Bantay-Dagat Program (Unfinished)

Introduction Our environment is our primary concern today, for the environment that have nurtured us and provided us with everything that we need for sustenance is now in peril. Pollution, destruction of forests, extinction of floral and faunal species, coral bleaching, loss of arable due to erosion – all of these, and more, are the products of man’s destructive activities that continually threaten our fragile environment. Furthermore, the constant ruining of the environment often creates catastrophes that can, and will, endanger our very own lives.Therefore, we must conserve, protect, and save our environment for environment’s sake, for our children’s sake, and for our sake. In connection, we, the students of the University of the Philippines in the Visayas of the NSTP-CWTS program AY 2012-2013 heed to the call of the world for a new wave of young people who can bring change towards their fellowmen in the context of environmentalism, envisioned to do our part in the fruitful conservation of Mother Nature.This plan of action of ours is our own way as students to meet local and national conservation efforts towards a more sustainable development of our beloved country. Description The Bantay Dagat Project as proposed by the National Service Training Program (NSTP) officers is a program in which the beautification of native beaches and awakening of the community’s awareness regarding proper waste disposal are accentuated as the principal goals.Background The beaches of Brgy. Santo Nino Sur are said to be one of the best beaches in the province of Iloilo, visited annually by many local and foreign tourists alike. However, decades of human occupation have tarnished the beauty of the site, and is now littered with a lot of garbage. There are lot of floating debris in the sea, and the coast is strewn with many unwanted materials, suggesting years of uncareful management of the area.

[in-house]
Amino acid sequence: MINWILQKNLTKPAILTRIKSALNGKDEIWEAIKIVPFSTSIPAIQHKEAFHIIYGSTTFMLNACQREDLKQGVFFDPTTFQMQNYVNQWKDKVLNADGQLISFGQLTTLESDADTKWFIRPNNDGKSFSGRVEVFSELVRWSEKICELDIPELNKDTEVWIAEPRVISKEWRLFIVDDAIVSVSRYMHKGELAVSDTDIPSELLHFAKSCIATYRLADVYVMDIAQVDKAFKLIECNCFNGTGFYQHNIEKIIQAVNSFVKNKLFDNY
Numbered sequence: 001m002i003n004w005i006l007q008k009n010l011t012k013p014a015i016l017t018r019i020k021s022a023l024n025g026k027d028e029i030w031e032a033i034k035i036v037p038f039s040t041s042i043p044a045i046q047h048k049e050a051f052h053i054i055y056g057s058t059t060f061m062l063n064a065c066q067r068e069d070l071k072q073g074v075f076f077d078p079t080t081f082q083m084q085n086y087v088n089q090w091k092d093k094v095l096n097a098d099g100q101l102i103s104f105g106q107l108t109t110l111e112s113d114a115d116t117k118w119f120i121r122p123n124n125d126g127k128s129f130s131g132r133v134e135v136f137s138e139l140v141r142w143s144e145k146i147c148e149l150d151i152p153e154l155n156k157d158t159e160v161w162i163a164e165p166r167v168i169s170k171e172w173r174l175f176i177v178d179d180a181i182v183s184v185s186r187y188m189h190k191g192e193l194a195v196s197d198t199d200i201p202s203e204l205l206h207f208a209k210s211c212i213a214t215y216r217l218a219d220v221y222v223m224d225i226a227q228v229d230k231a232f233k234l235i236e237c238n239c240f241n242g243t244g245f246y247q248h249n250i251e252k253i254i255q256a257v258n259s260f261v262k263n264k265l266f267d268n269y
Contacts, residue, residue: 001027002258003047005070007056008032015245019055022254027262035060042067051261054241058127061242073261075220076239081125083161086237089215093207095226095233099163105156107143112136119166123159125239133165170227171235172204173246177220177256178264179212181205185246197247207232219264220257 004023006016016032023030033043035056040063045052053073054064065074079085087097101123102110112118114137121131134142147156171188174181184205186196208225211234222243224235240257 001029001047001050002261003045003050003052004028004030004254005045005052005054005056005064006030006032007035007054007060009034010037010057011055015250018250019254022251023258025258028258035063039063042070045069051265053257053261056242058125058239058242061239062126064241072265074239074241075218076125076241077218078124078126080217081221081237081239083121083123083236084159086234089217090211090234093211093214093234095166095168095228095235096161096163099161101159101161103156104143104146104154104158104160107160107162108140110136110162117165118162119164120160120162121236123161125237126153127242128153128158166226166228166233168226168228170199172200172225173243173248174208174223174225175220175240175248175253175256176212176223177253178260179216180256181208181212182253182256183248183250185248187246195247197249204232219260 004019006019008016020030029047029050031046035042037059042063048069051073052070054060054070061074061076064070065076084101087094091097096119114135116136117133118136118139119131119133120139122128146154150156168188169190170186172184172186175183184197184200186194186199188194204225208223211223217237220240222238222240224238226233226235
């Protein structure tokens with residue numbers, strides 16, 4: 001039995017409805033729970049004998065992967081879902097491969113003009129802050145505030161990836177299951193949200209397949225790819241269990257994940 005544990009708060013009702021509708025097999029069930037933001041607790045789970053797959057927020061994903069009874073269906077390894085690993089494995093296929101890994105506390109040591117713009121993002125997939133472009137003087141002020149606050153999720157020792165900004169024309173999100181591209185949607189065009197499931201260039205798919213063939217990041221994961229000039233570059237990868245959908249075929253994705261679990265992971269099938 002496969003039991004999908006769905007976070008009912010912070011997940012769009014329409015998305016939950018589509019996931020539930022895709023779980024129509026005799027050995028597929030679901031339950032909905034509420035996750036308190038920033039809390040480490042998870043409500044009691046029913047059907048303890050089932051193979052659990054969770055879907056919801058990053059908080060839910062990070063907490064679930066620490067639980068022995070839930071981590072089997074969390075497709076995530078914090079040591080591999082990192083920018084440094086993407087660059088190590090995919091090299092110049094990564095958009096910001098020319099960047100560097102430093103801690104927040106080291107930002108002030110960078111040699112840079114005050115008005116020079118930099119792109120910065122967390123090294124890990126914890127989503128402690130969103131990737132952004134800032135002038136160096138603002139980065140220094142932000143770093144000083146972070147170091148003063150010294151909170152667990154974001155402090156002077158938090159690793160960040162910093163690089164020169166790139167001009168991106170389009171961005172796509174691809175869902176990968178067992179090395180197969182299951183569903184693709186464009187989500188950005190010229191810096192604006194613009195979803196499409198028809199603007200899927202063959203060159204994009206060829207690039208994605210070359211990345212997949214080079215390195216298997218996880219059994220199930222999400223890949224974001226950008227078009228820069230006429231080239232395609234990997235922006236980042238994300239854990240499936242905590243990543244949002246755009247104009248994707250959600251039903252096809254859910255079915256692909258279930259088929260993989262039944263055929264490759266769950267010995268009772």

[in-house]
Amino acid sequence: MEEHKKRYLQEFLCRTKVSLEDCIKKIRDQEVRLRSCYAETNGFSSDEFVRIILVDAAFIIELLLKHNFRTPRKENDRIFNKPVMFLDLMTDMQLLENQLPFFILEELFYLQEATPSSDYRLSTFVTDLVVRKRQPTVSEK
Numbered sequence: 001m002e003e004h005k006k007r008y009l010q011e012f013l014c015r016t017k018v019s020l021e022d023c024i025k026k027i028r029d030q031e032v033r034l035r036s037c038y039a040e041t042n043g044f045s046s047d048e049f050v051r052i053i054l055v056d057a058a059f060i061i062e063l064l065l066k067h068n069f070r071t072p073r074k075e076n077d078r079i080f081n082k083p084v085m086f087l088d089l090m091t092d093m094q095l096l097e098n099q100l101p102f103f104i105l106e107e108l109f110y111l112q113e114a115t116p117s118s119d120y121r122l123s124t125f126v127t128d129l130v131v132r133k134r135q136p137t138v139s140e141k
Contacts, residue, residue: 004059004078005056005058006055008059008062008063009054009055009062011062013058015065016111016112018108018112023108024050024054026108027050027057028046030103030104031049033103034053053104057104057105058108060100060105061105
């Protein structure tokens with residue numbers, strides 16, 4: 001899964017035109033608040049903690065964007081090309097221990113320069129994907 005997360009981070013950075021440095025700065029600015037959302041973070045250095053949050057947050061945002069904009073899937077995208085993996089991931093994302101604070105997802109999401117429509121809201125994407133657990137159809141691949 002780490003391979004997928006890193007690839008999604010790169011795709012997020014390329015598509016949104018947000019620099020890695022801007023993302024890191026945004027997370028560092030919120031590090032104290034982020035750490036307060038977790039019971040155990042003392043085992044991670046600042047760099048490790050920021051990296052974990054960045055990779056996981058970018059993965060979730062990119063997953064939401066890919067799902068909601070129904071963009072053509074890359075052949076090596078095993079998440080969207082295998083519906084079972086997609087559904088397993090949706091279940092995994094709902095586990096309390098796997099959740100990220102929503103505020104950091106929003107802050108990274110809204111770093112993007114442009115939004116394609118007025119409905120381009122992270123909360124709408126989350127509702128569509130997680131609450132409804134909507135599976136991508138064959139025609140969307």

Saturday, January 4, 2020